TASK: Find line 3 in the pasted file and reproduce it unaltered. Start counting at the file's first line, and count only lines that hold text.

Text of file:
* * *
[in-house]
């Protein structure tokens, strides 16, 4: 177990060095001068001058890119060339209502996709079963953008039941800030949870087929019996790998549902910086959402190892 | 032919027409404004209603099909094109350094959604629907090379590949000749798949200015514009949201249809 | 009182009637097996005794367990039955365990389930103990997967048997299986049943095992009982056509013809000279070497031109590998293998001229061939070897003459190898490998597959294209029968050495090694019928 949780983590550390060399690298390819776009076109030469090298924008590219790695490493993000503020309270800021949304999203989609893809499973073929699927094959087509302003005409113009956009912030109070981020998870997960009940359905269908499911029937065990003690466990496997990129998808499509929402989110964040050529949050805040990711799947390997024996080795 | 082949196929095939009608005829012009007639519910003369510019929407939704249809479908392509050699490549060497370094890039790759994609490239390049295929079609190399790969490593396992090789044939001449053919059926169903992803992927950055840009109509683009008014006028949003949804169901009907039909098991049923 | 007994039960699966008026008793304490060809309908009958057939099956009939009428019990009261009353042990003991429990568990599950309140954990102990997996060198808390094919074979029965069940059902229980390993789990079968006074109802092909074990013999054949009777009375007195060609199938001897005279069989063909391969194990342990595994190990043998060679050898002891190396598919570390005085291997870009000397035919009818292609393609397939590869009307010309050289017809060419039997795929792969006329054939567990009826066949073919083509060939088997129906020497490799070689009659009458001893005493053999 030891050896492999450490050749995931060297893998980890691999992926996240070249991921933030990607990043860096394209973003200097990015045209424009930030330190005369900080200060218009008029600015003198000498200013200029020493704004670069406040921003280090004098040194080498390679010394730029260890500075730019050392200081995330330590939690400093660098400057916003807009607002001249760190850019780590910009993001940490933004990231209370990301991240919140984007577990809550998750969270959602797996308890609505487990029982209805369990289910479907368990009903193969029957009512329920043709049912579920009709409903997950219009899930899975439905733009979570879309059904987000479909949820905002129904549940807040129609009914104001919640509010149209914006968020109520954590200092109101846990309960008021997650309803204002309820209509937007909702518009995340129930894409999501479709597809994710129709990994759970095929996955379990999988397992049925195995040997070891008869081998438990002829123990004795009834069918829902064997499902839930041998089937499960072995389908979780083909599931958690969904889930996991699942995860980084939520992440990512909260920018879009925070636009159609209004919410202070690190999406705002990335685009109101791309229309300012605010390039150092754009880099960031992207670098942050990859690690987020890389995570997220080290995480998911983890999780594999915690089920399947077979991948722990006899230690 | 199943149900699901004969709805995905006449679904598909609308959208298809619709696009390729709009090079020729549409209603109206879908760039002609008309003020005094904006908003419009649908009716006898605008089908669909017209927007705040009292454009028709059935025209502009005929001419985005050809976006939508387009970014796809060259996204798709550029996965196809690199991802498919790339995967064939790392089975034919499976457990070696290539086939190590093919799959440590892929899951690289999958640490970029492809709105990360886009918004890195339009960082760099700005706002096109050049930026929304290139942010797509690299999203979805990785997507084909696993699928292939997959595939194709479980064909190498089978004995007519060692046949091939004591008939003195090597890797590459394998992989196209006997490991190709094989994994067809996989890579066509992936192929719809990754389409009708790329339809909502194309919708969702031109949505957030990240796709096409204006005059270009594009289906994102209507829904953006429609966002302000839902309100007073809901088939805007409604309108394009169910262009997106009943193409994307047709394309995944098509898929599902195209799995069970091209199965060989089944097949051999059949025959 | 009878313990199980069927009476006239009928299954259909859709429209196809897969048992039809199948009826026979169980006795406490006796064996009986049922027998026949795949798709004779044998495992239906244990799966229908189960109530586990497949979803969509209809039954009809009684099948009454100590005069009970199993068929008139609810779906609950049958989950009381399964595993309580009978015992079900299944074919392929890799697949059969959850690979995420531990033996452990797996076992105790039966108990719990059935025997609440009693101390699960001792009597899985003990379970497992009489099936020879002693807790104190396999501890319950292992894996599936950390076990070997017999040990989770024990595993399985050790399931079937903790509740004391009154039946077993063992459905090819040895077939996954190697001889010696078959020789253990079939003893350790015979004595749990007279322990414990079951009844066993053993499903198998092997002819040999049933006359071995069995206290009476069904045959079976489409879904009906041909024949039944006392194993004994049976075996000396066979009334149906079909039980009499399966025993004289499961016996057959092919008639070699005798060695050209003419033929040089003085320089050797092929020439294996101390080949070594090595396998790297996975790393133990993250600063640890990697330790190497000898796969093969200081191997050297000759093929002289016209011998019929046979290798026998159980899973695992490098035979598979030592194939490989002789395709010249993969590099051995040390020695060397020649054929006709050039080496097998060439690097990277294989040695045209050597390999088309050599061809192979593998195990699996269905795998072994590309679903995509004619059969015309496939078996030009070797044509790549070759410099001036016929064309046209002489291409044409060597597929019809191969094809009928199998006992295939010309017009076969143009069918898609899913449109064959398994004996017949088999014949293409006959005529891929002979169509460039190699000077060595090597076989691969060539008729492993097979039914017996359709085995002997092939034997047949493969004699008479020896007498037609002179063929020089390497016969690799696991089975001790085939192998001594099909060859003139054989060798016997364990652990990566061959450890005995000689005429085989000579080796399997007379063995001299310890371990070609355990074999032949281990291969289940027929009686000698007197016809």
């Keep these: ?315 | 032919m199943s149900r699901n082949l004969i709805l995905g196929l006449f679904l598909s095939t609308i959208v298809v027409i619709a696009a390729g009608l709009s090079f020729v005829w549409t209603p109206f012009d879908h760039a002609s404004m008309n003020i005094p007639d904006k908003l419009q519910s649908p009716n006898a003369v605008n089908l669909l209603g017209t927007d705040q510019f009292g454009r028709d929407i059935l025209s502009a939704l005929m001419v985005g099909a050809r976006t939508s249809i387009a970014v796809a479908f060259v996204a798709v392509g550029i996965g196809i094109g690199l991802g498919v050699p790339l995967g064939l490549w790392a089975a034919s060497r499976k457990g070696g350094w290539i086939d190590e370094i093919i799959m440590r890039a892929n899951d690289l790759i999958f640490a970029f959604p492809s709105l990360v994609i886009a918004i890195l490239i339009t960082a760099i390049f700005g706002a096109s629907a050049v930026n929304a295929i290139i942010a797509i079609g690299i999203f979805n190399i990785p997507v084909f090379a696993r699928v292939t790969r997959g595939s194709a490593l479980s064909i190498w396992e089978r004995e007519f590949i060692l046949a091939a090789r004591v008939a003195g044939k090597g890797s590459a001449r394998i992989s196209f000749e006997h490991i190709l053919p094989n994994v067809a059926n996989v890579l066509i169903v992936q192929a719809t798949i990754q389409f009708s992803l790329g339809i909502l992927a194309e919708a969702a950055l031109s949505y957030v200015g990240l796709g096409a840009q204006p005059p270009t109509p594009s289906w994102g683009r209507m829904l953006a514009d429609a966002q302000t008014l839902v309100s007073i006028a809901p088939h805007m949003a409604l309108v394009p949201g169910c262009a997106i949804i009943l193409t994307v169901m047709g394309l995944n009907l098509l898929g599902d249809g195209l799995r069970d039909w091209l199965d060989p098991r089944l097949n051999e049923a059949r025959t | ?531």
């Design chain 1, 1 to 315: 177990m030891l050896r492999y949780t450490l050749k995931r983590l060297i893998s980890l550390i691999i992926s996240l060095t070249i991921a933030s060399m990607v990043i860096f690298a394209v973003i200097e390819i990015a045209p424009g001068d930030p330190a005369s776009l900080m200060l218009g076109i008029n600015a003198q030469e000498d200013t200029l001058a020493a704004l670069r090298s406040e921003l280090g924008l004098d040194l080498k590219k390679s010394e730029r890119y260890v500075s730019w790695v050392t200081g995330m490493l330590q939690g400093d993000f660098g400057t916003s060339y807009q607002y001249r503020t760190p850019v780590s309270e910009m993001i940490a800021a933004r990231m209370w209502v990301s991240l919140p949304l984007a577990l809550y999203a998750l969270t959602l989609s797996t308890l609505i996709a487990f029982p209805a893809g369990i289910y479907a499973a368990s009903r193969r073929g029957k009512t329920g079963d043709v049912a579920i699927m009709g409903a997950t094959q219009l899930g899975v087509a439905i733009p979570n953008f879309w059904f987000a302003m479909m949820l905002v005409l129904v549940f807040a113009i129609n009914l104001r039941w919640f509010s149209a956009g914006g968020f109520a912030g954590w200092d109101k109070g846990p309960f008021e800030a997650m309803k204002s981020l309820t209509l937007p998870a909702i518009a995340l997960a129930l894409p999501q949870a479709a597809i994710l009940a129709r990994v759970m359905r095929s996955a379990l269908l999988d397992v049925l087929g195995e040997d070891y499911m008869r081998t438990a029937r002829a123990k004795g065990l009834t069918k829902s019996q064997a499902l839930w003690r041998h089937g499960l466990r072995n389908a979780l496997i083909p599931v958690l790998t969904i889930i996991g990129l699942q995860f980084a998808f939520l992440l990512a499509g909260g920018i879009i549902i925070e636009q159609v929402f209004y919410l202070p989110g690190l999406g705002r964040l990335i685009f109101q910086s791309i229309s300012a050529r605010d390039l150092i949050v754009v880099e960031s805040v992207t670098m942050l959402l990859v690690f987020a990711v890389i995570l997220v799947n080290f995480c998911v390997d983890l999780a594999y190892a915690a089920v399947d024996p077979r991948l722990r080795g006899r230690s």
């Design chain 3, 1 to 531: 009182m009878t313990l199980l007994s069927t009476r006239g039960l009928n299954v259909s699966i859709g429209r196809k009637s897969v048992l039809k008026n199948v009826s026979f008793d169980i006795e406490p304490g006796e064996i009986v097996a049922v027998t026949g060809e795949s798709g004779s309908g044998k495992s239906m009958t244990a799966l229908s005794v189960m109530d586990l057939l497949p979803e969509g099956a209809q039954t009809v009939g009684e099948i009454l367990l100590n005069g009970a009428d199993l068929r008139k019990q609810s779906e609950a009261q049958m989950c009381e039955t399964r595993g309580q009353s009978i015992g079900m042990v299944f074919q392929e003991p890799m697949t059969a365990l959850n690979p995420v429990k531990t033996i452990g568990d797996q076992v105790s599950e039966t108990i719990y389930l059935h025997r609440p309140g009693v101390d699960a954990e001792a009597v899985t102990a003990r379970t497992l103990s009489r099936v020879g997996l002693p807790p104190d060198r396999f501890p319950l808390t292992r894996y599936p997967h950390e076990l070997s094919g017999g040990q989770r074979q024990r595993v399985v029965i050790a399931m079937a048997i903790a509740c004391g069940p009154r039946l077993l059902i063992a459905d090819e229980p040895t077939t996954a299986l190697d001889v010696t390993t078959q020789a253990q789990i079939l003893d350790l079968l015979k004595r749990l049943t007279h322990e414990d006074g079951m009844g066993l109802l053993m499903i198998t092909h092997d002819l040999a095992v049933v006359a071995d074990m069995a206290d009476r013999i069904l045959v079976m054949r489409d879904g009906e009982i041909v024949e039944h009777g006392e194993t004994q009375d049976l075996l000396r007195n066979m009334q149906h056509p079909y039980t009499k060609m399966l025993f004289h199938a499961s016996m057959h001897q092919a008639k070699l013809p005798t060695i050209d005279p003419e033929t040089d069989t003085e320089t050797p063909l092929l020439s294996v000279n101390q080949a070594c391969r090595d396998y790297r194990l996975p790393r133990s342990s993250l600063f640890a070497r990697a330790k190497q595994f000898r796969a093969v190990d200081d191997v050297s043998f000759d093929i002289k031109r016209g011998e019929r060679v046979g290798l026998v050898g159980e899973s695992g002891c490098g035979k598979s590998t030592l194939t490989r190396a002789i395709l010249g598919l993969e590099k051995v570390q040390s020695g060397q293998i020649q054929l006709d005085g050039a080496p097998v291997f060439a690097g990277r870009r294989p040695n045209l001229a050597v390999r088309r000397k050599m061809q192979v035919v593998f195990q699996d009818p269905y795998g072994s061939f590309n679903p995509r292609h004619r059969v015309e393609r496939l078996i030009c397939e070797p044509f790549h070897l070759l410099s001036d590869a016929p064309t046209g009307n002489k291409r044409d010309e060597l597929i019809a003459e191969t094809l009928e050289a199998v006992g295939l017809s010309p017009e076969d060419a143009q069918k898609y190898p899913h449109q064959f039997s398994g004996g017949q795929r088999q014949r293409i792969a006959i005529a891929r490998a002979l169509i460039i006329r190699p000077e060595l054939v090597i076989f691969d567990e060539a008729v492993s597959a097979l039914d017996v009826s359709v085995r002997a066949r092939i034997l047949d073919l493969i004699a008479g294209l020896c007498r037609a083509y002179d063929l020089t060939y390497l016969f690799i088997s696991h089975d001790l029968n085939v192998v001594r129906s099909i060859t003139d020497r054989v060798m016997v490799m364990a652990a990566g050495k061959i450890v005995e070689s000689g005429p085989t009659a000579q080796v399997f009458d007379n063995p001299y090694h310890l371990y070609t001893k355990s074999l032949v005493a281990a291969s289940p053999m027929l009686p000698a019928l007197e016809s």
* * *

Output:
């Keep these: ?315 | 032919m199943s149900r699901n082949l004969i709805l995905g196929l006449f679904l598909s095939t609308i959208v298809v027409i619709a696009a390729g009608l709009s090079f020729v005829w549409t209603p109206f012009d879908h760039a002609s404004m008309n003020i005094p007639d904006k908003l419009q519910s649908p009716n006898a003369v605008n089908l669909l209603g017209t927007d705040q510019f009292g454009r028709d929407i059935l025209s502009a939704l005929m001419v985005g099909a050809r976006t939508s249809i387009a970014v796809a479908f060259v996204a798709v392509g550029i996965g196809i094109g690199l991802g498919v050699p790339l995967g064939l490549w790392a089975a034919s060497r499976k457990g070696g350094w290539i086939d190590e370094i093919i799959m440590r890039a892929n899951d690289l790759i999958f640490a970029f959604p492809s709105l990360v994609i886009a918004i890195l490239i339009t960082a760099i390049f700005g706002a096109s629907a050049v930026n929304a295929i290139i942010a797509i079609g690299i999203f979805n190399i990785p997507v084909f090379a696993r699928v292939t790969r997959g595939s194709a490593l479980s064909i190498w396992e089978r004995e007519f590949i060692l046949a091939a090789r004591v008939a003195g044939k090597g890797s590459a001449r394998i992989s196209f000749e006997h490991i190709l053919p094989n994994v067809a059926n996989v890579l066509i169903v992936q192929a719809t798949i990754q389409f009708s992803l790329g339809i909502l992927a194309e919708a969702a950055l031109s949505y957030v200015g990240l796709g096409a840009q204006p005059p270009t109509p594009s289906w994102g683009r209507m829904l953006a514009d429609a966002q302000t008014l839902v309100s007073i006028a809901p088939h805007m949003a409604l309108v394009p949201g169910c262009a997106i949804i009943l193409t994307v169901m047709g394309l995944n009907l098509l898929g599902d249809g195209l799995r069970d039909w091209l199965d060989p098991r089944l097949n051999e049923a059949r025959t | ?531």